Pursuant to a further feature of the invention, it is contemplated that at least one part of the motion-imparting or kinematic element is constructed hollow-cylindrically and provides a supporting surface for the object at the end of the kinematic element. The supporting surface for the object at the end of the hollow-cylindrical kinematic element may e.g. consist of a plurality of circumferentially spaced support balls or spheres; for example, three equally spaced balls to provide a stable positioning of the object on the kinematic element. Such a cylindrical kinematic element possesses a high mechanical rigidity.
Preferably, the hollow-cylindrical kinematic element is or the kinematic elements are equipped on one of its or their cylindrical walls with a closed electrically-conductive coating and on its or their other cylindrical wall with a plurality of electrically-conductive part coatings which are insulated relative to each other. In this construction, as a result of the application of a voltage between the coatings present on both cylinder walls, there is obtained either a shortening or elongation of the kinematic element. For effectuating a bending of the kinematic element, a voltage is applied between the closed coating and a part coating.
Furthermore, through a superposition of the applied voltages it is possible to implement all of the positional changes which are required for the movement of the object. The electrical voltages which are necessary therefor can be maintained relatively low by using thin walled kinematic elements.
Expediently, the part coatings which are insulated relative to each other extend along one of the cylinder walls in the direction along the axis of the cylinder. The part coatings are separated from each other by insulations which extend between the part coatings in parallel with the axis of the cylinder. Due to technology reasons the electrically conductive part coatings are preferably arranged on the outer cylinder wall.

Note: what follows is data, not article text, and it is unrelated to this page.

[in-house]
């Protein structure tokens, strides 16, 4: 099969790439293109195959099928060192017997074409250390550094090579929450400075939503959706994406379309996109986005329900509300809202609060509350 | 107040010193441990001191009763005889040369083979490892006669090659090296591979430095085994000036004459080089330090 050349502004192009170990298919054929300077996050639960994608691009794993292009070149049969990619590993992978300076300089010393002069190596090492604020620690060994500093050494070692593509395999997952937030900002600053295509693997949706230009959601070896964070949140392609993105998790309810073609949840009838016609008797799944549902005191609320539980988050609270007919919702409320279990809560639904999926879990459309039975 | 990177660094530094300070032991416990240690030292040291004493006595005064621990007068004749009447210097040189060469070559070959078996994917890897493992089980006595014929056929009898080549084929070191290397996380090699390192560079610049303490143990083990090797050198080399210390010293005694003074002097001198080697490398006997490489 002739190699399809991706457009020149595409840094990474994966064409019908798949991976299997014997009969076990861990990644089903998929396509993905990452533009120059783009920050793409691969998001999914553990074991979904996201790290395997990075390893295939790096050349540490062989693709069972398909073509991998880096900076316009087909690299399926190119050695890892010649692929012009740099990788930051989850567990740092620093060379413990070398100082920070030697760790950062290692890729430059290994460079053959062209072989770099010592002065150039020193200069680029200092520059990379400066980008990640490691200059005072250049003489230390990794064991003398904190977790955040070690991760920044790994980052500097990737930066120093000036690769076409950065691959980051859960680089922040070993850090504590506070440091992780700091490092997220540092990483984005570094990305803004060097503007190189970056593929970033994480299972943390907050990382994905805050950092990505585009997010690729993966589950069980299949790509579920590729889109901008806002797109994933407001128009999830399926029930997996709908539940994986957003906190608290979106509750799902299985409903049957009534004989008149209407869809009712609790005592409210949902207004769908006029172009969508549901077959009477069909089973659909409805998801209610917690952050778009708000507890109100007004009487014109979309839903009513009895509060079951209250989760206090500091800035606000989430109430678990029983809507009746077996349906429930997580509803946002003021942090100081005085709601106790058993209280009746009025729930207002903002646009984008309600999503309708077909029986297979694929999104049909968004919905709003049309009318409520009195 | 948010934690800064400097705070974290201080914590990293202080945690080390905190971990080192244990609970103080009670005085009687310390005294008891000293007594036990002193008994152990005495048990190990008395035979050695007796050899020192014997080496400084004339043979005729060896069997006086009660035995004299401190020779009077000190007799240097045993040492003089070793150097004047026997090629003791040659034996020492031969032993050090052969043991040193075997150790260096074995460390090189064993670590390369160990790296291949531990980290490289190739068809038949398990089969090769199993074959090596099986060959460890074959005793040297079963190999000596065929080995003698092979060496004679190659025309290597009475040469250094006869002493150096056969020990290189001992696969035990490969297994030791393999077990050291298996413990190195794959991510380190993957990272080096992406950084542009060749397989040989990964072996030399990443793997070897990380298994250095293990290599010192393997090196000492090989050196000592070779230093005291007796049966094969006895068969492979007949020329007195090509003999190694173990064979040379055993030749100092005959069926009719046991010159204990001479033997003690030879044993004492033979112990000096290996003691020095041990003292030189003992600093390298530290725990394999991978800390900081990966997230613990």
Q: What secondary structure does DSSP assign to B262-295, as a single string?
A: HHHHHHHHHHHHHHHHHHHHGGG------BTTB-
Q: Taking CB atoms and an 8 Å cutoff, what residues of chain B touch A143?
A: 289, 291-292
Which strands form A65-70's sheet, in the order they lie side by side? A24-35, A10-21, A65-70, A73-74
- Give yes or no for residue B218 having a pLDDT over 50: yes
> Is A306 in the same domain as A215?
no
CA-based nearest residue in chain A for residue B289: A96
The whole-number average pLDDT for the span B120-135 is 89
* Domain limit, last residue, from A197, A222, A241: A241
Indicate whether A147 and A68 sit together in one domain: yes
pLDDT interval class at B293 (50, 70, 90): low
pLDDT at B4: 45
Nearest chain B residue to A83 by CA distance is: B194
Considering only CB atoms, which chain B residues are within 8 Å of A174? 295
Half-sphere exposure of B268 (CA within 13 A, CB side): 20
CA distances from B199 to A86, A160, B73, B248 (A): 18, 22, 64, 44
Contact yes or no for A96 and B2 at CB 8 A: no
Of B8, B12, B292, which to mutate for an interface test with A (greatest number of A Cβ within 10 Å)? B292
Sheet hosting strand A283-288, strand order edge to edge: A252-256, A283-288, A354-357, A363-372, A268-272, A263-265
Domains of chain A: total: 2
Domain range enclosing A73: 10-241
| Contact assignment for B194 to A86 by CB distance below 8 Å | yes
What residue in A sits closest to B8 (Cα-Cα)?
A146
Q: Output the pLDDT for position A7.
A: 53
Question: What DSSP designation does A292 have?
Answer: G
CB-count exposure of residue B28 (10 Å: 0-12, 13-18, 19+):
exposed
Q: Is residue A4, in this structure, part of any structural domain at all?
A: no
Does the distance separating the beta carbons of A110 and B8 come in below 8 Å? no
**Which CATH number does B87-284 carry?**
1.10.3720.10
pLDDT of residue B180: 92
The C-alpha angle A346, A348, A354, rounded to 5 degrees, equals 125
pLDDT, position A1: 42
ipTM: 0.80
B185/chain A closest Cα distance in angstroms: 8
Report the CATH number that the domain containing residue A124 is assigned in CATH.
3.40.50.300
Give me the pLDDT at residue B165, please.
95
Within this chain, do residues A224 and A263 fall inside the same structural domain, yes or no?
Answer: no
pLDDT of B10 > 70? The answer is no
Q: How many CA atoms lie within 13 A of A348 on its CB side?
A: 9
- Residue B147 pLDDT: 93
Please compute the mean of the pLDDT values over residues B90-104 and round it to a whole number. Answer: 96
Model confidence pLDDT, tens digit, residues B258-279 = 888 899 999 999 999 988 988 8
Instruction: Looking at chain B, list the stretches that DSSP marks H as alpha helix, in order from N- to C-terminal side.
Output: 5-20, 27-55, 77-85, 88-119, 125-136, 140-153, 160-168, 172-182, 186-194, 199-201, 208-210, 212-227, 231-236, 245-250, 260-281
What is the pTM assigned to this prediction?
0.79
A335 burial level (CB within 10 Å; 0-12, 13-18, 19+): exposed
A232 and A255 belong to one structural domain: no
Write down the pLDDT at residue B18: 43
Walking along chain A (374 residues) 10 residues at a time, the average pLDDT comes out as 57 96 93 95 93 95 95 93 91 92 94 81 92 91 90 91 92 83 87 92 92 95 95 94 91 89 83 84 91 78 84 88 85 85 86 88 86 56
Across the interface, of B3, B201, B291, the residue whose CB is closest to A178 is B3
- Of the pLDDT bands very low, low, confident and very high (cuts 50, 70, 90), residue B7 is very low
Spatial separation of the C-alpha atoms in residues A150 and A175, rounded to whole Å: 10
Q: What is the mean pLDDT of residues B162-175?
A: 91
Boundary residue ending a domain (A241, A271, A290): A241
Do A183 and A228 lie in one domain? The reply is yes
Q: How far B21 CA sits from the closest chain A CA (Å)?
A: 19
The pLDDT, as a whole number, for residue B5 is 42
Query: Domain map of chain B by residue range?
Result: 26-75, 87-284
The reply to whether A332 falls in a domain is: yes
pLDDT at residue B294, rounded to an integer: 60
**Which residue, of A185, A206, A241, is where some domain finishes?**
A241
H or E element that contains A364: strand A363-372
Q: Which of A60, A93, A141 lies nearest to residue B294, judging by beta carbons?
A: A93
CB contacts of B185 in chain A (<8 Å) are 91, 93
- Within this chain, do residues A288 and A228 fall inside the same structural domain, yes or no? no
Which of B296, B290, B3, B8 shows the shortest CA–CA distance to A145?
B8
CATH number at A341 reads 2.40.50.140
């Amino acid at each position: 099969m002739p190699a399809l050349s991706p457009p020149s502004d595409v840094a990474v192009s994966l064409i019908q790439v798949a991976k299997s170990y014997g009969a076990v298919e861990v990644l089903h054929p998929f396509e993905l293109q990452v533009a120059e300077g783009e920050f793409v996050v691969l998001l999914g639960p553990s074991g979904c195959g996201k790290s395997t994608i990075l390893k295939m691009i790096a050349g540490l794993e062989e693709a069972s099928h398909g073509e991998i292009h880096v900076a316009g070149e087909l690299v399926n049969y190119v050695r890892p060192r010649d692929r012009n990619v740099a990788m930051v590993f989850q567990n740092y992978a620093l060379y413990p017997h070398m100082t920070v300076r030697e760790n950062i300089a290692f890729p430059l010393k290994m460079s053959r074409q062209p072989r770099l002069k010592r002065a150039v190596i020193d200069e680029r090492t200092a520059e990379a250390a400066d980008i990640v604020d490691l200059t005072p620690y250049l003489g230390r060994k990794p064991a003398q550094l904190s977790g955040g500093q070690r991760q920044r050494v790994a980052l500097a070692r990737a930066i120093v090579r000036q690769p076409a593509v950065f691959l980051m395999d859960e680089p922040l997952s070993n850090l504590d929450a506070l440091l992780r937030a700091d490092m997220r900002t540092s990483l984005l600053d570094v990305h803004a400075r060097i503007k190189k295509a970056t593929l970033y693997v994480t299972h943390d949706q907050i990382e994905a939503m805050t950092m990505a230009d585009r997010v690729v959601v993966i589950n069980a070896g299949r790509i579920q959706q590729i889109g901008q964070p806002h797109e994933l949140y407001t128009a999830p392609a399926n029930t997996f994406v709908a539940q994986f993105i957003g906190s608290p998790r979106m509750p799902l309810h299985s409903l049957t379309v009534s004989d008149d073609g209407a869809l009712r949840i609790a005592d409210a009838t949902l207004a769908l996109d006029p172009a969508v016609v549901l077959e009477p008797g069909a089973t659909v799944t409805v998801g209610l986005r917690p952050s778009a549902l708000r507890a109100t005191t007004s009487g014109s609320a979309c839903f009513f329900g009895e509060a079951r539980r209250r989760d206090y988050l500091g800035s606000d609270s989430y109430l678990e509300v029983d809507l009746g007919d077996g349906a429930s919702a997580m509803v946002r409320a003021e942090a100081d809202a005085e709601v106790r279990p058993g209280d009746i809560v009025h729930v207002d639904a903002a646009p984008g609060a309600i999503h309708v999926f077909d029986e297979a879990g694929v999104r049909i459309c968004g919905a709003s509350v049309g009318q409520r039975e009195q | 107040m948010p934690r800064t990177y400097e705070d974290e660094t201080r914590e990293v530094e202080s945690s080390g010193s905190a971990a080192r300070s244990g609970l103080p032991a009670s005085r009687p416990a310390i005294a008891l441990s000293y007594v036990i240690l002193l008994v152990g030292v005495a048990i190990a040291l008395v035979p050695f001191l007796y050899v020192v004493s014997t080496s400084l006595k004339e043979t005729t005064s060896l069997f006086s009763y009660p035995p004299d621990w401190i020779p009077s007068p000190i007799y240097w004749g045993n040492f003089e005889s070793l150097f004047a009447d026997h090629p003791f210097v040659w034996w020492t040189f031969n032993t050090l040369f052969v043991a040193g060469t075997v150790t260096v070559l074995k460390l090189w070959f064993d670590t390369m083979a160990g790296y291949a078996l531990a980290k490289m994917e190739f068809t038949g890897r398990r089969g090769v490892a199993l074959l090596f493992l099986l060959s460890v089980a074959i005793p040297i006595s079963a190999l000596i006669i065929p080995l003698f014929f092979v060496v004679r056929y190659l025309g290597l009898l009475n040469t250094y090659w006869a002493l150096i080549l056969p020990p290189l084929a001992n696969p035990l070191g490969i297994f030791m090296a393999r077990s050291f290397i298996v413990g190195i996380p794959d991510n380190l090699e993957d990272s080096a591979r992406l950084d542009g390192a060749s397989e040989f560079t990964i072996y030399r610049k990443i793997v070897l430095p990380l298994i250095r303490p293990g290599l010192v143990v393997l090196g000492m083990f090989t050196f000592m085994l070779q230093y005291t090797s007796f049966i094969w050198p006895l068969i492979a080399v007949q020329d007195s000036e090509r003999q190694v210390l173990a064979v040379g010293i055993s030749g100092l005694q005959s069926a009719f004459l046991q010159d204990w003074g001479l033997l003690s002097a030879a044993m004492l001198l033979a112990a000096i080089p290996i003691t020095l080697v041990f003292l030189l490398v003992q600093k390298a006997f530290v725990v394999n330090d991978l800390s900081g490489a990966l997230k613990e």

By superposition of voltages applied to the inner and outer coatings and by voltages applied to the part coatings the kinematic element can be elongated or shortened and can be bended in any desired direction. The kinematic elements can, thusly, be extremely exactly controlled in the X, Y and Z direction by the superposition of the voltages.
An optimized electrical control over the kinematic elements is attained when every electrically-conductive coating on the cylinder surfaces of a kinematic element is separately controllable. An adjustment of the resting position of the kinematic elements can be achieved through the application of a direct-current (D.C.) voltage upon which there is superimposed the alternating-current (A.C.) voltage necessary for the operation.
Preferred areas of application for the inventive kinematic arrangement are microscopes, including light-optical and electron microscopes, especially scanning electron microscopes. Hereby, the kinematic arrangement serves as an object carrier or support for the objects which are to be examined microscopically. Also for the analysis and processing of objects utilized in the micro-technology; for example, in the high-integration electronic structures, the kinematic arrangement is adapted for the manipulation of objects. The kinematic element can also be applied to an axially supported object in order to provide micro rotations.
Particularly advantageous is the utilization of the kinematic arrangement as an object support and scanning provision for a Scanning Tunneling Microscope (STM). For this case of utilization, the kinematic arrangement is rigidly interconnected with a scan element on which the tunnel tip is fastened. This type of connection between the kinematic object support and scanning elements onto one compact modular unit, leads to a high degree of mechanical stability and unsusceptibility to temperatures in the Scanning Tunneling Microscope. In accordance with one embodiment, the scan element is constructed in the same manner as is a kinematic element. Hereby, it especially consists of a hollow-cylindrical piezoelectric material which, on its inner and outer cylindrical walls, is provided with electrically-conductive coatings or, respectively, part coatings. This analogous construction of the scan element and the kinematic elements in the utilization of the kinematic arrangement in an STM leads to a high degree of freedom from vibration and to compensation of the temperature drift. Moreover, the same construction for the kinematic elements and the scan element also facilitates that the scanning movement which is necessary for the STM utilization can be carried out by the kinematic elements instead of the scan element.